(2) The program that needs to write to pagefile won't need to search for the pagefile among other datas such as saved data, system files, OS, applications, etc.. It will have its own dedicated partition.
NOTE: Having a Pagefile on a different disk will give you better performance than having it on the same disk as the programs and OS. I'm running two dedicated partitions for pagefile on a SCSI 10,000rpm drive and an IDE 7,200rpm drive.
I've been running my system this wy for over 5 years and there isa significant difference over running page file on the same partition as the OS, APPS, or Saved DATA.
[This message has been edited by NDC (edited 12-14-2000).]
Thats a awesome idea NDC, it's own partition WOW. Do you have your O/S and Apz on the same partition. I'm thinking of going to win2k and a format & clean install is leaving me with all kinds of options, i'd be open to. Could you give us a description of your setup?
The ideas above are very good. Something to remember, tho, at least w/W9X, if you have 128 MB or more, unless you're running intensive apps, you're probably hardly even using the swapfile. NT-style systems use it much more frequently. To monitor w/W9X, run Sysmon & set to monitor at least "Swapfile in Use". Minimize that & run your most intensive apps you would normally run. Then maximize Sysmon & see.
Could you give us a description of your setup?
Here is my system specs:
Dual Pentium 3 800Mhz @ 896Mhz
Tyan S1832-DL Dual Board
1GB PC-100 SDRAM (4 x 256MB)
Geforce 256DDR+ 32MB
Adaptec 29160N Ultra160 SCSI Adapter
Seagate 18.4GB Ultra160 Cheetah 10,000rpm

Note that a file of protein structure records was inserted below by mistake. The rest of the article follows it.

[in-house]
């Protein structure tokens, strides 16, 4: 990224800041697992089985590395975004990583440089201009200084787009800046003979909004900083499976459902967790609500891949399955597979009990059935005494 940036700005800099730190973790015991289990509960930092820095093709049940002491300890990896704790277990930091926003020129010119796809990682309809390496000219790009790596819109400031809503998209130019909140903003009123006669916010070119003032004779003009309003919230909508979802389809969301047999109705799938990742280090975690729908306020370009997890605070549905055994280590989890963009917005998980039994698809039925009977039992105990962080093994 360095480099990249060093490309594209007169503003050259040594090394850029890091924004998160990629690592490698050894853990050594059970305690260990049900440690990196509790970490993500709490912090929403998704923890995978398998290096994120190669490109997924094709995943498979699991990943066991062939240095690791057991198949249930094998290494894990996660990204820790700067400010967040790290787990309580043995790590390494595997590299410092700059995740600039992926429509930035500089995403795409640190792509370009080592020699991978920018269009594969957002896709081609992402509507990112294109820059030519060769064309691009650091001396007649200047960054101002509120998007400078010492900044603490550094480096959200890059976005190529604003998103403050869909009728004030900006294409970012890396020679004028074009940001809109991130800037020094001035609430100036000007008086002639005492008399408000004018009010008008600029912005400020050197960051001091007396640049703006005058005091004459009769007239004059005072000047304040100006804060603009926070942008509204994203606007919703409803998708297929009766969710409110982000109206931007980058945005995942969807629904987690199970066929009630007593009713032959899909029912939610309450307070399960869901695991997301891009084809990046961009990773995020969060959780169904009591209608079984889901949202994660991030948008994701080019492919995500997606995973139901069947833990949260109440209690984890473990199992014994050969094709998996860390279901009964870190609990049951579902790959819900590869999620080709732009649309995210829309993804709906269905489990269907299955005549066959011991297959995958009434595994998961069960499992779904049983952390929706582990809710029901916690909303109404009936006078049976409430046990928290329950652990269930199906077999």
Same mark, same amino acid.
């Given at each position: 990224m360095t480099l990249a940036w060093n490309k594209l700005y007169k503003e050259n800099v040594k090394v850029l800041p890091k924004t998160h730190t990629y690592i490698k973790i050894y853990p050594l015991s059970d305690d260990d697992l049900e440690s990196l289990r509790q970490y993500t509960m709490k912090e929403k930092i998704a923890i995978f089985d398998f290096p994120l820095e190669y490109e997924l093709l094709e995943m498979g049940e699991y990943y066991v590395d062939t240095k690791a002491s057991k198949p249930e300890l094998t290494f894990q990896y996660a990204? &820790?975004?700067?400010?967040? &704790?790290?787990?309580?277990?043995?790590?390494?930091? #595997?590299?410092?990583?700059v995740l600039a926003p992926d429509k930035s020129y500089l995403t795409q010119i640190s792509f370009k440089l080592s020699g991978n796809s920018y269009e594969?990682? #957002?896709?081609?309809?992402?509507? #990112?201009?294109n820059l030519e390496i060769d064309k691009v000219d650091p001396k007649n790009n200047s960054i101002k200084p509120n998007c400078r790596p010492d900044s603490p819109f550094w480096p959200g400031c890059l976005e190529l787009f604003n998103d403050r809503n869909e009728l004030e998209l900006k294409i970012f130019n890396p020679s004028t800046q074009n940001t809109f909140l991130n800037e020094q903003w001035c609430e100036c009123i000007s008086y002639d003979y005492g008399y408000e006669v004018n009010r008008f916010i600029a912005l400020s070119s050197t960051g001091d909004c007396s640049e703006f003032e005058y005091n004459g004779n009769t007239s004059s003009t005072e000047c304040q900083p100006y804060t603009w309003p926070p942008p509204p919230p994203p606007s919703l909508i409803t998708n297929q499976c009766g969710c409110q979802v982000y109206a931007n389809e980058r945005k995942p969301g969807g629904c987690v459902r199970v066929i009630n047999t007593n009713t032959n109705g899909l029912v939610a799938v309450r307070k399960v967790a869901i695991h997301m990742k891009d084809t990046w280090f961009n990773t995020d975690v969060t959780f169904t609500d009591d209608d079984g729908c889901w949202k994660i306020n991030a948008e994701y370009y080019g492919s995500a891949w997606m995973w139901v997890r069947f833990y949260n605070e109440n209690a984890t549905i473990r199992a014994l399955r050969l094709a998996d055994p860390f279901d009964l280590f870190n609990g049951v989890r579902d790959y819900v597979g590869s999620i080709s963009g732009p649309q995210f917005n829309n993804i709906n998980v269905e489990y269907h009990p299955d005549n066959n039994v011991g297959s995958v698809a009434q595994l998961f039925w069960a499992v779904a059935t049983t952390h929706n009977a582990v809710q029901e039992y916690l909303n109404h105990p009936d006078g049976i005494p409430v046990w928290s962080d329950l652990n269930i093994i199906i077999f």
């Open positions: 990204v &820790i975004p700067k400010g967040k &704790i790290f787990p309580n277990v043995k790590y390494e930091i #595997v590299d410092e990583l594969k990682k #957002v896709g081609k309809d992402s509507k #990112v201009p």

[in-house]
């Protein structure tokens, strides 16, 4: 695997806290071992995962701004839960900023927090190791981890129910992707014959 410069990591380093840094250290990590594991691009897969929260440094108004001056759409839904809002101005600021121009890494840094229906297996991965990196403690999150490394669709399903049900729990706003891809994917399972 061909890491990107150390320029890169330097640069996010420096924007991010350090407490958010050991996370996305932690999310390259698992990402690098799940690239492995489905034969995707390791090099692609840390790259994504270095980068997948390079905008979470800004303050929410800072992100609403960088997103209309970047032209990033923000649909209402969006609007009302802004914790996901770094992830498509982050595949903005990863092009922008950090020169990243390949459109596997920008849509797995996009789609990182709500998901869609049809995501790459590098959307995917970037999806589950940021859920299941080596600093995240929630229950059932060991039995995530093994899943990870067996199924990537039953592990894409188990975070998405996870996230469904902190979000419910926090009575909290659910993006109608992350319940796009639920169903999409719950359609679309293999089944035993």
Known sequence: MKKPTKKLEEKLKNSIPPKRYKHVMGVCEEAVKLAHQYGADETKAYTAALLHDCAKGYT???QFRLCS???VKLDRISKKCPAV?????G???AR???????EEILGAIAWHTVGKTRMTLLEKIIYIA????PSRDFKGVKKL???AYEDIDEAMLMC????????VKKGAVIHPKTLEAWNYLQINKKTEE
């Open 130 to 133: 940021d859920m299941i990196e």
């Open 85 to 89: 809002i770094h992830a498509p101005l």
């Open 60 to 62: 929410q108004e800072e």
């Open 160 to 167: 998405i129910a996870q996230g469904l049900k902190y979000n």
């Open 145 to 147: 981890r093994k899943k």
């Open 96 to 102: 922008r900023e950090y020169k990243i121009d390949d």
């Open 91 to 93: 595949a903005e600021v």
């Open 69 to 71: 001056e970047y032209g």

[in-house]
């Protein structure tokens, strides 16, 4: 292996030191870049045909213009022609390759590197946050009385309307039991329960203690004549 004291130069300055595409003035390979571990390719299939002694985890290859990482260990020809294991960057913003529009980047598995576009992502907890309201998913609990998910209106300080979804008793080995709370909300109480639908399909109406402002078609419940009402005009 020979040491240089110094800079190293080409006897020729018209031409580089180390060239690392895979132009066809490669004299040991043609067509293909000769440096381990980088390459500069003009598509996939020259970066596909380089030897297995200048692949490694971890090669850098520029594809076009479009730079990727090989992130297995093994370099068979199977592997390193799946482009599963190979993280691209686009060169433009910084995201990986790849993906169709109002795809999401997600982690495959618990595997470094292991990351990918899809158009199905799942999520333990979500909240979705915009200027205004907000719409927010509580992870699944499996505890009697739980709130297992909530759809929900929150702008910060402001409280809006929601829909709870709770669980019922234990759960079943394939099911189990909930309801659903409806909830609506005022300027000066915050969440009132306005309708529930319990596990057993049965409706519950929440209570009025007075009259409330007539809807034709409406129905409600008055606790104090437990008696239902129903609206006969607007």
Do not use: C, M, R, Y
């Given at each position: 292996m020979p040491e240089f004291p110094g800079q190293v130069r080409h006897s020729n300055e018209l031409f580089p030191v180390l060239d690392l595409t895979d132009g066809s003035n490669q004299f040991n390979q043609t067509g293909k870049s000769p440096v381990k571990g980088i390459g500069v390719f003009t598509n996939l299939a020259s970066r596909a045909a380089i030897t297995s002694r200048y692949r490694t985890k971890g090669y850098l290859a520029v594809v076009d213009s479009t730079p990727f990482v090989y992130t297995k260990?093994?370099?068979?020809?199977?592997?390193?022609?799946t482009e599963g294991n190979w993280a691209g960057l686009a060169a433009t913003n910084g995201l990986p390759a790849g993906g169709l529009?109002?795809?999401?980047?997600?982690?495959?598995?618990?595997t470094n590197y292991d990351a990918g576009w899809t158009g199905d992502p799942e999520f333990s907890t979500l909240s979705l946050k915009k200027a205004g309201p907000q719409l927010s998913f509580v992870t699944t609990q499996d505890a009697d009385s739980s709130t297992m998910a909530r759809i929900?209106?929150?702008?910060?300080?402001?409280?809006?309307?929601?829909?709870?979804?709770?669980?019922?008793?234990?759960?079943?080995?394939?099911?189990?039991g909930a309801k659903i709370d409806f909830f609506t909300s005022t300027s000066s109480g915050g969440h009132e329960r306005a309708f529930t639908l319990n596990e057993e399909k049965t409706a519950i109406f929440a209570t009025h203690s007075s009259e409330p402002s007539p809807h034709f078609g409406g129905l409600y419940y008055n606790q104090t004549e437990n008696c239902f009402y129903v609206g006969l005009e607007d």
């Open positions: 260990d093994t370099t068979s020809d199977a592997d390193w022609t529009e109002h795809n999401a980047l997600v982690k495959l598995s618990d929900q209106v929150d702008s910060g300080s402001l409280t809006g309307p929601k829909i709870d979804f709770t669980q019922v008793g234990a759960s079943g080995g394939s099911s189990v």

WD 13.6GB UDMA66 7,200rpm
Maxtor 30.6GB UDMA100 7,200rpm
Teac 32x CDROM
Plextor 8/4/32 CDRW
It might look rather strange to you because the language you see isn't English. I'm using a Korean Version of Win2K because the job that I do requires full compatibility with Korean Fonts and certain programs..
Here is how my partition is setup:
<IMG SRC="http://www.geocities.com/ndcmj/hddpartition.jpg" border=0>
(C) 2.01GB FAT32 (Dedicatd to OS only)
(D) 4.00GB NTFS (Dedicated to Apps only)
(E) 10.11GB NTFS (Dedicated for Workspace)
(Z) 996MB NTFS (Dedicated to 1st Fixed Page file)
(Y) 1.00GB NTFS (Dedicated to Fixed 2nd Page File)
(F) 11.73GB NTFS (Dedicated to saved Data)
(X) 28.62GB NTFS (Dedicated to junk such as MP3's, Program disks, Backup, etc... and also used to transport my work to office when Zip250 can't handle it)
Most of you won't need this much RAM or Page File partition that large. The reason I have my Page File partitions so large is because I work with large image files that are sometimes 500MB + and 1GB RAM just can't cut it when opening multiple image files and multi-tasking between programs and another reason is to double the Page File size to the amount of RAM I have incase I get a memory dump during a system crash. The reason that you set the page file to 1x or 1.5x to the size of your memory is so that the RAM can do a full memory dump to the page file incase of a system crash or failure. If you use your computer for general purposes, the Page File partition(s) I've made will just be a waste of disk space.
Here is another thing you can do to optimize your Win2K and NT4 settings (this setting is valid for systems with at least 128MB Physical RAM:
HKEY_LOCAL_MACHINE\SYSTEMS\CURRENTCONTROLSET\CONTR OL\SESSIONMANAGER\MEMORY MANAGEMENT\
IOPageLockLimit= 1028 (default is 0=512kb for Win2K Pro & 0=1028 for Win2K Server)
You will notice a BIG difference in Disk Performace when you set the IOPageLockLimit from the default value of 0 which equals 512kb to between 1024 ~ 2048 etc. I would recommend setting it to 1024 if you have 128MB, if less, leave it 0. If you have over 128MB RAM, you can play around with it to get it to it's optimal performance. I have mine set to 2048.
If you would like to see the difference in disk performance, try copying a large file, say about 300MB to another disk or folder with the default settings and try doing the same thing after you change the setting from 0 to 1024. You will notice that the meter that shows how much of the file has been copied will disappear alot quicker! The disk will be spinning, but the task will be finished in the GUI. You will especially notice a BIG difference on programs such as Photoshop and other programs that require heavy disk access.
[This message has been edited by NDC (edited 12-15-2000).]